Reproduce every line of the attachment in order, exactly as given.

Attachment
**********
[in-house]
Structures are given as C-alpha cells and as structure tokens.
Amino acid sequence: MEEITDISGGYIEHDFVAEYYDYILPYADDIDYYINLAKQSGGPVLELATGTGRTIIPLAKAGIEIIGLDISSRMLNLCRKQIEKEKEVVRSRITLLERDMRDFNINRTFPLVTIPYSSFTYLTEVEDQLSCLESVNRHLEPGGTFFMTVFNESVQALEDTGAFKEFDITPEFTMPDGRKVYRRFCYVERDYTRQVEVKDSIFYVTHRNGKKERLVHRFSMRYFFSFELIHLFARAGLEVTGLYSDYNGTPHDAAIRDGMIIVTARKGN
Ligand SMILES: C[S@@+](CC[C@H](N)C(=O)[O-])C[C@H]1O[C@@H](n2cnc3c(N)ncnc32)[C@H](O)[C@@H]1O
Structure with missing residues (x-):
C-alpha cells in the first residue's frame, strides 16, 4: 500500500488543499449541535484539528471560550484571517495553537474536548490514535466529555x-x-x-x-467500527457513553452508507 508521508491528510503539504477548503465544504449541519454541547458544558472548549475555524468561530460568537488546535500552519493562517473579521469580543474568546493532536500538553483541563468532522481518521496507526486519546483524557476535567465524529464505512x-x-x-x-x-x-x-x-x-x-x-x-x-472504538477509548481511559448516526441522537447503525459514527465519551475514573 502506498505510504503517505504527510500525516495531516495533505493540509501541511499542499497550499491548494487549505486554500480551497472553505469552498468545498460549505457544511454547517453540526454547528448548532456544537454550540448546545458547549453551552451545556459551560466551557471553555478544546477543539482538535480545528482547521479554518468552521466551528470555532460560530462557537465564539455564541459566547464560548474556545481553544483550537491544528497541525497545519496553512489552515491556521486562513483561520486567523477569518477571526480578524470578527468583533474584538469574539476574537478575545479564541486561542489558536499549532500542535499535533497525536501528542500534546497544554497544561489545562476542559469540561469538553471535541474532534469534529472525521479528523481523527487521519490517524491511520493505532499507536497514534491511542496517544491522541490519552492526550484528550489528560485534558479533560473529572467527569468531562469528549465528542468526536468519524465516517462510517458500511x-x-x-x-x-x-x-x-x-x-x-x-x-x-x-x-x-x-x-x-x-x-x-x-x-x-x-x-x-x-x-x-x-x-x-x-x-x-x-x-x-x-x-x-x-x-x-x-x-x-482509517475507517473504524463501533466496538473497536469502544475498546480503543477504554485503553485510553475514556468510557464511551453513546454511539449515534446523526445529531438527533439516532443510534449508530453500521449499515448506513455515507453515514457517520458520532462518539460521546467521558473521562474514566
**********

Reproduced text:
[in-house]
Structures are given as C-alpha cells and as structure tokens.
Amino acid sequence: MEEITDISGGYIEHDFVAEYYDYILPYADDIDYYINLAKQSGGPVLELATGTGRTIIPLAKAGIEIIGLDISSRMLNLCRKQIEKEKEVVRSRITLLERDMRDFNINRTFPLVTIPYSSFTYLTEVEDQLSCLESVNRHLEPGGTFFMTVFNESVQALEDTGAFKEFDITPEFTMPDGRKVYRRFCYVERDYTRQVEVKDSIFYVTHRNGKKERLVHRFSMRYFFSFELIHLFARAGLEVTGLYSDYNGTPHDAAIRDGMIIVTARKGN
Ligand SMILES: C[S@@+](CC[C@H](N)C(=O)[O-])C[C@H]1O[C@@H](n2cnc3c(N)ncnc32)[C@H](O)[C@@H]1O
Structure with missing residues (x-):
C-alpha cells in the first residue's frame, strides 16, 4: 500500500488543499449541535484539528471560550484571517495553537474536548490514535466529555x-x-x-x-467500527457513553452508507 508521508491528510503539504477548503465544504449541519454541547458544558472548549475555524468561530460568537488546535500552519493562517473579521469580543474568546493532536500538553483541563468532522481518521496507526486519546483524557476535567465524529464505512x-x-x-x-x-x-x-x-x-x-x-x-x-472504538477509548481511559448516526441522537447503525459514527465519551475514573 502506498505510504503517505504527510500525516495531516495533505493540509501541511499542499497550499491548494487549505486554500480551497472553505469552498468545498460549505457544511454547517453540526454547528448548532456544537454550540448546545458547549453551552451545556459551560466551557471553555478544546477543539482538535480545528482547521479554518468552521466551528470555532460560530462557537465564539455564541459566547464560548474556545481553544483550537491544528497541525497545519496553512489552515491556521486562513483561520486567523477569518477571526480578524470578527468583533474584538469574539476574537478575545479564541486561542489558536499549532500542535499535533497525536501528542500534546497544554497544561489545562476542559469540561469538553471535541474532534469534529472525521479528523481523527487521519490517524491511520493505532499507536497514534491511542496517544491522541490519552492526550484528550489528560485534558479533560473529572467527569468531562469528549465528542468526536468519524465516517462510517458500511x-x-x-x-x-x-x-x-x-x-x-x-x-x-x-x-x-x-x-x-x-x-x-x-x-x-x-x-x-x-x-x-x-x-x-x-x-x-x-x-x-x-x-x-x-x-x-x-x-x-482509517475507517473504524463501533466496538473497536469502544475498546480503543477504554485503553485510553475514556468510557464511551453513546454511539449515534446523526445529531438527533439516532443510534449508530453500521449499515448506513455515507453515514457517520458520532462518539460521546467521558473521562474514566